As a left-handed shooter, I’ve always found it a bit awkward to reach under the trigger guard to flip the safety off at the beginning of a stage of fire. So when I heard about the 40% off sale at shootersdiscount.com I had to try the Volquartsen Extended LH safety.
Swapping the safety is an easy job, particularly if you have the Gunsmither Safety Tool. The most important part is to put your hand over the top of the trigger group or put the entire group into a large plastic bag when removing the safety plunger, or the spring will go into orbit.
The Volquartsen safety has a much bigger button than the original, as shown in the left photo below. So much that the button has a flat cut on the top edge, so that it will clear the stock. As the right photo shows, it’s also substantially longer than the OEM safety at .985″ compared to .904″.
This presented a problem, as the width of the stock inlet at this point is only .915″ and the action would not install into the stock until I made some relief cuts in the stock using a file. Also, the oversize button would not clear the stock without cutting a bit off the lower edge, as shown below:
This is just a plain birch sporter stock on my personal 10/22 on which I do most of my product tests, so I don’t feel bad about the imperfect job on the cuts. I will seal up the raw wood with some lacquer to protect it.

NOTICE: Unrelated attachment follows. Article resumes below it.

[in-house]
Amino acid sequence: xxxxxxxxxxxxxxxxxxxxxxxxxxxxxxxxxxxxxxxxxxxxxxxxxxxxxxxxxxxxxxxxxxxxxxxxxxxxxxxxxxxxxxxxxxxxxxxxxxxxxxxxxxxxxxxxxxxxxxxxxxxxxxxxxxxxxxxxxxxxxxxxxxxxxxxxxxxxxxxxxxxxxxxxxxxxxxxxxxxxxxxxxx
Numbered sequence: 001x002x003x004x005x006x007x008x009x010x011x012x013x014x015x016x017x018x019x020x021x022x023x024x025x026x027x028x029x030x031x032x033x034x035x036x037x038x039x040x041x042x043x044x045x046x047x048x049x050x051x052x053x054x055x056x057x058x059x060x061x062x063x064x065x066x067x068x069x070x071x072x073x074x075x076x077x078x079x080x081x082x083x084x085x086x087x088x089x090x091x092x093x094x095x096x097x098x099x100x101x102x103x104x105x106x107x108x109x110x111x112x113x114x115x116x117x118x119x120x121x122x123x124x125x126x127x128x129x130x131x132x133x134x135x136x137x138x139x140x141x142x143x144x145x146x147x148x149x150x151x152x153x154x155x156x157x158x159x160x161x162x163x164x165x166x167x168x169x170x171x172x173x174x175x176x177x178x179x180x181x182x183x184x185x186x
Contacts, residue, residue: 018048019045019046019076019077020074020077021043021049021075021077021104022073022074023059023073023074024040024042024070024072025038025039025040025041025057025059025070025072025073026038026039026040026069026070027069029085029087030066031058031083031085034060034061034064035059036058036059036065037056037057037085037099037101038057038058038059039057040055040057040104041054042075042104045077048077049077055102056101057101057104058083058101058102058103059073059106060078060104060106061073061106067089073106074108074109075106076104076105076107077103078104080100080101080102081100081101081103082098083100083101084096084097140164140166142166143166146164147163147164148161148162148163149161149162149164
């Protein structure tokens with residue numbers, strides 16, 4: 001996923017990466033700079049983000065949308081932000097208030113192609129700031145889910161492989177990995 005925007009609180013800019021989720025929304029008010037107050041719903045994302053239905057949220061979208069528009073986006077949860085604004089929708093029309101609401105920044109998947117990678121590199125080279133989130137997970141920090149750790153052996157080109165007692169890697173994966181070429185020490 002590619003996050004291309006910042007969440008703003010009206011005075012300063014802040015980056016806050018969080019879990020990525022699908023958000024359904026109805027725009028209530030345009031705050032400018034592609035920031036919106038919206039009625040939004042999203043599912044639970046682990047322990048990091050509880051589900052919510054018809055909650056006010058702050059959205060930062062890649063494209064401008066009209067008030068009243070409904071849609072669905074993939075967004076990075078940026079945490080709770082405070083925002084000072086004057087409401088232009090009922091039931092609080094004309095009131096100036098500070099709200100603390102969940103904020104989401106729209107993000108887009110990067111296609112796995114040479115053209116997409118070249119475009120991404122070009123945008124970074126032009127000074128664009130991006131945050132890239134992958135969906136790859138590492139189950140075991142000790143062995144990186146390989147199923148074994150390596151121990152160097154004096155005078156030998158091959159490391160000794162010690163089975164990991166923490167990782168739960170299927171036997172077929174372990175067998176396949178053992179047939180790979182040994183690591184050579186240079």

The safety works great. It is taking a little while to acclimate to it, and I still find myself flipping the safety on when starting to shoot.
Would I recommend it? I would certainly recommend a left-hand safety for my fellow southpaw shooters. But there isn’t any real advantage to the large button or the extra length, and I don’t like cutting into a nice stock. After searching Volquartsen’s website, it appears that the LH safety is only available in the extended size. There are a few other sources of LH safeties, including Tactical Innovations which has a standard-size safety. Power Custom also has a LH safety, but its oversize button are so large that they have to screw into the safety body after installing the stock.
Most of my other 10/22s are sometimes used as loaners for Appleseeds, so I will keep their safeties original to avoid confusing the students who use them. This was an interesting experiment that I feel no need to repeat.